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The Kingdom of Gods marks the end of N. K. Jemisin’s acclaimed Inheritance Trilogy. Since the publication of the first book in 2010, the series has been a favorite of readers and critics alike.
The first two books, The Hundred Thousand Kingdoms and The Broken Kingdoms, introduced us to a multicultural world ruled by the ruthless Arameri family. At the beginning of the series, the Arameri’s power derives from the host of gods they keep as slaves. Although the gods are freed by the end of the first book, they continue to live among mortals and influence the world, for better or worse.
We start this review with a warning: the official plot summary on the back of the book is very, very misleading. It says:
Shahar, last scion of the family, must choose her loyalties. She yearns to trust Sieh, the godling she loves. Yet her duty as Arameri heir is to uphold the family’s interests, even if that means using and destroying everyone she cares for.
As long-suppressed rage and terrible new magics consume the world, the Maelstrom — which even gods fear — is summoned forth. Shahar and Sieh: mortal and god, lovers and enemies. Can they stand together against the chaos that threatens?
Judging from that, one would assume that Shahar would be the main character, and her relationship with Sieh would play a key role in the plot. Wrong. It turns out that Sieh is actually the viewpoint character, and while he does sleep with Shahar, their relationship rapidly goes south and they are estranged for most of the book.
Sieh’s romance with her brother Deka is far more prominent. I have to wonder why the book was published with such a misleading plot summary. Writing on her blog, Jemisin said that she started to write The Kingdom of Gods from Shahar’s point of view, but she eventually scrapped that draft because it reduced the gods to the periphery of the story.
The plot summary seems to fit that a novel a lot better than the one that was actually published. Could it be that someone in the marketing department was afraid of touting a same-sex relationship on the back cover?
So it is Sieh, not Shahar, who narrates The Kingdom of Gods, and much of the book is devoted to Sieh’s attempts to come to grips with his sudden mortality. There is still intrigue involving the Aramari, but it is nowhere near as prominent as the official plot summary would suggest.
Although not wishing to spoil the ending, I will say that Jemisin does an exceptional job of bringing the trilogy to a satisfying conclusion. The end result is rather bittersweet, but I think it ends up being a lot more powerful than it would have been if she had opted for a more traditional “happily ever after” ending.
Misleading blurbs aside, The Kingdom of Gods is a phenomenally well-written book. Jemisin’s prose is a delight to read, and she avoids the sort of florid writing that sometimes mars epic fantasies. She also deserves kudos for her rich and multilayered plot. There are two basic plot arcs in the Inheritance Trilogy: the gods’ plot arc and the mortals’ plot arc. The mortals’ plot arcs define the individual books, while the gods’ plot arc defines the entire series. This interweaving of micro- and macro-plots makes for incredibly compelling and sophisticated storytelling.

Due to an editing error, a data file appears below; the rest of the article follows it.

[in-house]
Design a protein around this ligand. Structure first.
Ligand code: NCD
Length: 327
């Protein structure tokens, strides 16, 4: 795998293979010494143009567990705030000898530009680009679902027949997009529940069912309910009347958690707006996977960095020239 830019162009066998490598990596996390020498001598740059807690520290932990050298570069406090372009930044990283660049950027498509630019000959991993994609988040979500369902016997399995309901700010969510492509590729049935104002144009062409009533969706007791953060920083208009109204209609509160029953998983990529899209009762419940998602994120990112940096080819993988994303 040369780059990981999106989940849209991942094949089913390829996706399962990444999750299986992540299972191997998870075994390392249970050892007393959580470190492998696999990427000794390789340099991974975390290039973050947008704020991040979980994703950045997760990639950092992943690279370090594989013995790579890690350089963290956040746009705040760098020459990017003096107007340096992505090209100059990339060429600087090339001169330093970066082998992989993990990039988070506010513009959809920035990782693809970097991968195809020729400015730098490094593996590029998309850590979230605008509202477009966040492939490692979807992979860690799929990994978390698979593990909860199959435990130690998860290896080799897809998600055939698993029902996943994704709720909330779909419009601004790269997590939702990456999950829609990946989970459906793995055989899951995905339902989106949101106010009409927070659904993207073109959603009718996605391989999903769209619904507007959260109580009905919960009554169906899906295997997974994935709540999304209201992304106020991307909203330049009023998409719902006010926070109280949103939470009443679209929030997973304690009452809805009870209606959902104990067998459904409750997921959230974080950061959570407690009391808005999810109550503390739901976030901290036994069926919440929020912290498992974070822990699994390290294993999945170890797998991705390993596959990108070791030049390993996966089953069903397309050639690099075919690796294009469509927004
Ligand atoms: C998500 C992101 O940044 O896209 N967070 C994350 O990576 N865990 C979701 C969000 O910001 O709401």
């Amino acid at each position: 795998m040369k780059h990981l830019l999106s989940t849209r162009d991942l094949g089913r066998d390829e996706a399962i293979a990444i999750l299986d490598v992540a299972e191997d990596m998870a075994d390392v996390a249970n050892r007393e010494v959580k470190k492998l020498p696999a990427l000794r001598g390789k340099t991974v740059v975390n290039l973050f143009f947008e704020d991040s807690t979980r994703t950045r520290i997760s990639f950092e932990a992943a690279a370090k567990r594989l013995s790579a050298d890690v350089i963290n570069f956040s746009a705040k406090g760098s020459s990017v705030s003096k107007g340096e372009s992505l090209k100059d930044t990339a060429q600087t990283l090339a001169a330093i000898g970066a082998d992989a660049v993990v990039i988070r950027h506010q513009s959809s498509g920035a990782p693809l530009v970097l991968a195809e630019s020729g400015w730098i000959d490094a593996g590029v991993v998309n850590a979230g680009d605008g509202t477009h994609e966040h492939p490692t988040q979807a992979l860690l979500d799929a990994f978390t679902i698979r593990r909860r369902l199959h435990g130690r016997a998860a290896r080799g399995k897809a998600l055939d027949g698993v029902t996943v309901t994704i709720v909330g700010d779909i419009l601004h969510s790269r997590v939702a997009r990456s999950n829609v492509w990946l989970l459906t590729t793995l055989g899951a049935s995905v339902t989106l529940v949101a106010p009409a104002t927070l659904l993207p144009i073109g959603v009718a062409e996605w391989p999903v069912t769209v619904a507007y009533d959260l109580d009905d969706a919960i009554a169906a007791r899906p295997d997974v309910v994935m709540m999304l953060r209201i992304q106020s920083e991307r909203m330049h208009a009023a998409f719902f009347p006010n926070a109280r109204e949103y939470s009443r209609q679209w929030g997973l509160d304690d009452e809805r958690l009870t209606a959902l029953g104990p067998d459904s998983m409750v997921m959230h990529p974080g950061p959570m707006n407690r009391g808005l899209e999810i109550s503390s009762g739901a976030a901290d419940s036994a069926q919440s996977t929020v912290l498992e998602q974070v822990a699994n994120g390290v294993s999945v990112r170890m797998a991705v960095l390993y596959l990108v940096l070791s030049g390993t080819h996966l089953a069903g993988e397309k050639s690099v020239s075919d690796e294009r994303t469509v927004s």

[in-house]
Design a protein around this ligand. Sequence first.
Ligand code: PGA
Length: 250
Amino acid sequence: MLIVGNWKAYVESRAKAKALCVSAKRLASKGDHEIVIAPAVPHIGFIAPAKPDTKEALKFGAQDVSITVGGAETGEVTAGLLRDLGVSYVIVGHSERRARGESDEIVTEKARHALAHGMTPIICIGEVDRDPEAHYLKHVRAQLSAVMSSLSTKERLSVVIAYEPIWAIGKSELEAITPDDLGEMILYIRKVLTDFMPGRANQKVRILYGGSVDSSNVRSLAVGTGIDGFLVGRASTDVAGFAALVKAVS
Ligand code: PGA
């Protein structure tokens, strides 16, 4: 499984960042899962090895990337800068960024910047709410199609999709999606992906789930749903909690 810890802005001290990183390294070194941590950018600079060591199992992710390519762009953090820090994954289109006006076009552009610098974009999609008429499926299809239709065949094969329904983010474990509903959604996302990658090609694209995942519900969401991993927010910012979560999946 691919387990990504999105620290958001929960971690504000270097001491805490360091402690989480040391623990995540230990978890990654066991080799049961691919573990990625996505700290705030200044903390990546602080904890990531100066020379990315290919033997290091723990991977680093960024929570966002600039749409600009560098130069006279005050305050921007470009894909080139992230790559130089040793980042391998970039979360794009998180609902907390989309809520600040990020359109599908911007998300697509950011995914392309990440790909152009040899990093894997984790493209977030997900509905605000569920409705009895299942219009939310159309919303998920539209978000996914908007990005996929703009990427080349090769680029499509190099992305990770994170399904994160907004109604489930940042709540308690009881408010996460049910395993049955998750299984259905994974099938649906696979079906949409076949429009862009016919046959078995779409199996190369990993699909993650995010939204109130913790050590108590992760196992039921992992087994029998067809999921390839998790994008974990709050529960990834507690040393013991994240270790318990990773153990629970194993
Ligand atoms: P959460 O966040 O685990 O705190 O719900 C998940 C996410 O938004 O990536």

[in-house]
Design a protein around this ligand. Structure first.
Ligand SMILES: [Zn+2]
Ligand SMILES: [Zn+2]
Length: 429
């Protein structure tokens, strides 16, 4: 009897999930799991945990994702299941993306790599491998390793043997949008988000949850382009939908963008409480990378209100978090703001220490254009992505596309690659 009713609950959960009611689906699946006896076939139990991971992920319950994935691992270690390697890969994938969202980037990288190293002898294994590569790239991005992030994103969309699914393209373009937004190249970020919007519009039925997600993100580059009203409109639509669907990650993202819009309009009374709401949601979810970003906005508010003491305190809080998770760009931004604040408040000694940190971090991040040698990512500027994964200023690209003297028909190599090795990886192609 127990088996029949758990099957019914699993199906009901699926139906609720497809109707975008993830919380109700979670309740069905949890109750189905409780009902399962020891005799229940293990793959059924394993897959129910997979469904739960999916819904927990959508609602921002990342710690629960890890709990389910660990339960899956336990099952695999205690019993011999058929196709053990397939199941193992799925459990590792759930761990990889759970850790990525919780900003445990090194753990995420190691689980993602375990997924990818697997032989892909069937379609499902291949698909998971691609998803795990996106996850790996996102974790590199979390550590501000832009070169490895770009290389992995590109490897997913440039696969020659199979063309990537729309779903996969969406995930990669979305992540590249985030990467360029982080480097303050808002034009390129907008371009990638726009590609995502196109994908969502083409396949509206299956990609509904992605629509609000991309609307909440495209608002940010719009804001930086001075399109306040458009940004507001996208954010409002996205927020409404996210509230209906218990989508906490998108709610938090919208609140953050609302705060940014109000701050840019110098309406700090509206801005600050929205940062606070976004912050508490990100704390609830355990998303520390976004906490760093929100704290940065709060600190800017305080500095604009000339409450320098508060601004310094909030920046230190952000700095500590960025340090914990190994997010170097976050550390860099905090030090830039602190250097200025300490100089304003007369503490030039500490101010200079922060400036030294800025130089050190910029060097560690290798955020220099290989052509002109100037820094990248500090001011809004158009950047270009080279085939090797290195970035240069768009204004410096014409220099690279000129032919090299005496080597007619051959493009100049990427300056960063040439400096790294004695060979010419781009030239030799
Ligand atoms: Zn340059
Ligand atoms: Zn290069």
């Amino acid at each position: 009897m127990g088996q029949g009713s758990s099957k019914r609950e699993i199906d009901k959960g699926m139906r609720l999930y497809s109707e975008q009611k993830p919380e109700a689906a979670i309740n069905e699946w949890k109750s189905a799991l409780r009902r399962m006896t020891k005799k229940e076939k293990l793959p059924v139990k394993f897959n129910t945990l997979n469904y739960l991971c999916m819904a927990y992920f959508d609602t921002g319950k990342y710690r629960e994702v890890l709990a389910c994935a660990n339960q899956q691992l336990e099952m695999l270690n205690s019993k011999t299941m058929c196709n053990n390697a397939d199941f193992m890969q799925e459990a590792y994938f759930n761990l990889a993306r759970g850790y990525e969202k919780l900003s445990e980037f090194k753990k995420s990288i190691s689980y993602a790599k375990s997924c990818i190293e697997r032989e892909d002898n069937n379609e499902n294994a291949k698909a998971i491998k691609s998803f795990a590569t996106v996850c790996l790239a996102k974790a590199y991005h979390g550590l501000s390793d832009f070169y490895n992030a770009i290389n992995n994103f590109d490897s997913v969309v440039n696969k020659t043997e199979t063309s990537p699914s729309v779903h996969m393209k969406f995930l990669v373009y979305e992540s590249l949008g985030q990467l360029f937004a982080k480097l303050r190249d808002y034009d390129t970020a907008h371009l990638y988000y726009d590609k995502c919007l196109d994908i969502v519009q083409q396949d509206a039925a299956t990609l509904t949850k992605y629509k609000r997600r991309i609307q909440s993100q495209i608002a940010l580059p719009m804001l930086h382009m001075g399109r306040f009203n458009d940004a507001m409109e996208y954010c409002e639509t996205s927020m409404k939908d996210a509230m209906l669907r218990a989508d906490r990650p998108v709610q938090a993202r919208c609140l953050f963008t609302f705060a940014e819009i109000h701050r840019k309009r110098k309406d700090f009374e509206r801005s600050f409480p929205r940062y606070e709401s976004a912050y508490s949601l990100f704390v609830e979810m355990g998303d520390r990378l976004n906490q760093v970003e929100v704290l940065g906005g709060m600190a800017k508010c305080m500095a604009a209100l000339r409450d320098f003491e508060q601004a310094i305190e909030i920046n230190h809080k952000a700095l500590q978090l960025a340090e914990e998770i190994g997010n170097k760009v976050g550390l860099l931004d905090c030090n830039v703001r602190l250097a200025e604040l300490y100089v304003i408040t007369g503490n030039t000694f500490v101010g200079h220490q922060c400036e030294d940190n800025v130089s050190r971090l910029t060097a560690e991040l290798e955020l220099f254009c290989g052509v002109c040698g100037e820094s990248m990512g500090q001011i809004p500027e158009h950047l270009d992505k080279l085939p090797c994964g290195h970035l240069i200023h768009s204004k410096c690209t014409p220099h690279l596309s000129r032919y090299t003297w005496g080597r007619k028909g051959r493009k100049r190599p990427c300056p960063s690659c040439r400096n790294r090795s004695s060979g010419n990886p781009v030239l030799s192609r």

Jemisin’s gods are also incredibly well handled. Writing convincing gods is difficult, especially when they play active roles in day-to-day life like the deities of the Inheritance Trilogy. Yet Jemisin manages to create divinities that are believable and sympathetic, despite their awesome power.
Also notable is the way in which Jemisin plays with issues of gender and sexuality without turning her books into the literary equivalent of a Very Special Episode. For example, there are a number of matriarchies within the Hundred Thousand Kingdoms. Darr is the only one we see in the series, and it is a land where men are treated as little more than arm candy that have to be protected.
In the hands of a less deft author, this could have seemed like preachy commentary on contemporary gender issues, but Jemisin makes it work. Same-sex relationships are handled in a similarly adroit fashion.Ā The only real quibble I have concerns Sieh’s relationship with Deka. It struck me as odd that Sieh would fall for Deka as quickly as he did, considering the fallout with Shahar.
At times it almost felt like their romance had more to do with the exigencies of the plot than natural character progression. Towards the end of the book, we are told that Sieh in fact still loves Shahar, but you would not necessarily reach that conclusion based on Sieh’s behavior.
Sieh spends a lot of time thinking about how much he loves Deka, and how spectacular their sex life is (though, curiously, the sex scenes between Deka and Sieh are much more subdued than the others Jemisin has written), but he devotes much less attention to Shahar, despite the fact that he supposedly loves her. Granted, there is a lot of bad blood between them, but I had hard time believing that he actually loved her.
That issue aside, this is a great conclusion to a great series. Jemisin has cemented her reputation as one of the modern masters of fantasy, and I think she will be delighting her fans for many years to come.
OVERALL GRADE: A
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